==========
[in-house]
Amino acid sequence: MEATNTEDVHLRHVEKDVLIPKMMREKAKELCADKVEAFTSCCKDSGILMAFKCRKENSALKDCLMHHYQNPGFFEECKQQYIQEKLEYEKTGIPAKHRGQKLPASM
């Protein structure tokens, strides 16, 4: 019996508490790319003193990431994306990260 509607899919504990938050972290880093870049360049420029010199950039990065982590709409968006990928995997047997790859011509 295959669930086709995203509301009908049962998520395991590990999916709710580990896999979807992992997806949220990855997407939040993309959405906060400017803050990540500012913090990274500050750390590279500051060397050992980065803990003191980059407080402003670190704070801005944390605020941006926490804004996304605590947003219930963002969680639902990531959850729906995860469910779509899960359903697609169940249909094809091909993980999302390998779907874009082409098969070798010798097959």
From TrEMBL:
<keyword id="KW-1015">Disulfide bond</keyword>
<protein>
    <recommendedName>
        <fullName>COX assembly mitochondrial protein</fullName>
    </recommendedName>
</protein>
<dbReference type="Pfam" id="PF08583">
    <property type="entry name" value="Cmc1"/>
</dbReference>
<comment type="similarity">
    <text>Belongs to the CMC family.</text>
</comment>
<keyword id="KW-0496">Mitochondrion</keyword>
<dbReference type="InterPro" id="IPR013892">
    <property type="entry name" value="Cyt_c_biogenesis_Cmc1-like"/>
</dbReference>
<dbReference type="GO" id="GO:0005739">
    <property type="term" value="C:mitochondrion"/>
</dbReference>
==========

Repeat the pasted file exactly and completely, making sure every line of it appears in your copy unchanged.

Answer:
[in-house]
Amino acid sequence: MEATNTEDVHLRHVEKDVLIPKMMREKAKELCADKVEAFTSCCKDSGILMAFKCRKENSALKDCLMHHYQNPGFFEECKQQYIQEKLEYEKTGIPAKHRGQKLPASM
């Protein structure tokens, strides 16, 4: 019996508490790319003193990431994306990260 509607899919504990938050972290880093870049360049420029010199950039990065982590709409968006990928995997047997790859011509 295959669930086709995203509301009908049962998520395991590990999916709710580990896999979807992992997806949220990855997407939040993309959405906060400017803050990540500012913090990274500050750390590279500051060397050992980065803990003191980059407080402003670190704070801005944390605020941006926490804004996304605590947003219930963002969680639902990531959850729906995860469910779509899960359903697609169940249909094809091909993980999302390998779907874009082409098969070798010798097959």
From TrEMBL:
<keyword id="KW-1015">Disulfide bond</keyword>
<protein>
    <recommendedName>
        <fullName>COX assembly mitochondrial protein</fullName>
    </recommendedName>
</protein>
<dbReference type="Pfam" id="PF08583">
    <property type="entry name" value="Cmc1"/>
</dbReference>
<comment type="similarity">
    <text>Belongs to the CMC family.</text>
</comment>
<keyword id="KW-0496">Mitochondrion</keyword>
<dbReference type="InterPro" id="IPR013892">
    <property type="entry name" value="Cyt_c_biogenesis_Cmc1-like"/>
</dbReference>
<dbReference type="GO" id="GO:0005739">
    <property type="term" value="C:mitochondrion"/>
</dbReference>